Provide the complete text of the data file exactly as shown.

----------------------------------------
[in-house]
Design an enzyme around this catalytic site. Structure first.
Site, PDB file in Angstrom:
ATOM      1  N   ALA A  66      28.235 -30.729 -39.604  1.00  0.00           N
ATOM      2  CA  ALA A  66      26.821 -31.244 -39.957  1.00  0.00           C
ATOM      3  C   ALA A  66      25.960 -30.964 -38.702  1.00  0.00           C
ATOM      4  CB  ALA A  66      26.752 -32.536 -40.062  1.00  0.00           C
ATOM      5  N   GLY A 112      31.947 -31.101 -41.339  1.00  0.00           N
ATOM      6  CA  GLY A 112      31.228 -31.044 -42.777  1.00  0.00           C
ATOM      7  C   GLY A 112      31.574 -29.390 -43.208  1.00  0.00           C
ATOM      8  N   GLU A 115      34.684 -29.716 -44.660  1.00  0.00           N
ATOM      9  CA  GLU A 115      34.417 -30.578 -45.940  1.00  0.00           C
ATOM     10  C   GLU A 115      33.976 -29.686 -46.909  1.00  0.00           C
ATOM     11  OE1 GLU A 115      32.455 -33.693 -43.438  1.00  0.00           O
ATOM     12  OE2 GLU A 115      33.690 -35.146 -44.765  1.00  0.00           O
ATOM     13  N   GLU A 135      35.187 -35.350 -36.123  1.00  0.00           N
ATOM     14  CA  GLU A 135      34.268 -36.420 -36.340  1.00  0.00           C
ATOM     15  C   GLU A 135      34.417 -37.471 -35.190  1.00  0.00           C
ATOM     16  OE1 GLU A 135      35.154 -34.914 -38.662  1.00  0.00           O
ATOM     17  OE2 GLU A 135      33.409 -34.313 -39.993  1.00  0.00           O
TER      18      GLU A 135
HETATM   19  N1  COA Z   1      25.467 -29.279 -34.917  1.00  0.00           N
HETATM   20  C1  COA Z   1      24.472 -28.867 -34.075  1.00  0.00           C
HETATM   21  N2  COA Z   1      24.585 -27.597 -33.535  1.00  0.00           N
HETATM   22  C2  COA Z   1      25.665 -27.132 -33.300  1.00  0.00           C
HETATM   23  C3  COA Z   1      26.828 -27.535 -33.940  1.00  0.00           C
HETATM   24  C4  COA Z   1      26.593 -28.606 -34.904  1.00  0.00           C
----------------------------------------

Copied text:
[in-house]
Design an enzyme around this catalytic site. Structure first.
Site, PDB file in Angstrom:
ATOM      1  N   ALA A  66      28.235 -30.729 -39.604  1.00  0.00           N
ATOM      2  CA  ALA A  66      26.821 -31.244 -39.957  1.00  0.00           C
ATOM      3  C   ALA A  66      25.960 -30.964 -38.702  1.00  0.00           C
ATOM      4  CB  ALA A  66      26.752 -32.536 -40.062  1.00  0.00           C
ATOM      5  N   GLY A 112      31.947 -31.101 -41.339  1.00  0.00           N
ATOM      6  CA  GLY A 112      31.228 -31.044 -42.777  1.00  0.00           C
ATOM      7  C   GLY A 112      31.574 -29.390 -43.208  1.00  0.00           C
ATOM      8  N   GLU A 115      34.684 -29.716 -44.660  1.00  0.00           N
ATOM      9  CA  GLU A 115      34.417 -30.578 -45.940  1.00  0.00           C
ATOM     10  C   GLU A 115      33.976 -29.686 -46.909  1.00  0.00           C
ATOM     11  OE1 GLU A 115      32.455 -33.693 -43.438  1.00  0.00           O
ATOM     12  OE2 GLU A 115      33.690 -35.146 -44.765  1.00  0.00           O
ATOM     13  N   GLU A 135      35.187 -35.350 -36.123  1.00  0.00           N
ATOM     14  CA  GLU A 135      34.268 -36.420 -36.340  1.00  0.00           C
ATOM     15  C   GLU A 135      34.417 -37.471 -35.190  1.00  0.00           C
ATOM     16  OE1 GLU A 135      35.154 -34.914 -38.662  1.00  0.00           O
ATOM     17  OE2 GLU A 135      33.409 -34.313 -39.993  1.00  0.00           O
TER      18      GLU A 135
HETATM   19  N1  COA Z   1      25.467 -29.279 -34.917  1.00  0.00           N
HETATM   20  C1  COA Z   1      24.472 -28.867 -34.075  1.00  0.00           C
HETATM   21  N2  COA Z   1      24.585 -27.597 -33.535  1.00  0.00           N
HETATM   22  C2  COA Z   1      25.665 -27.132 -33.300  1.00  0.00           C
HETATM   23  C3  COA Z   1      26.828 -27.535 -33.940  1.00  0.00           C
HETATM   24  C4  COA Z   1      26.593 -28.606 -34.904  1.00  0.00           C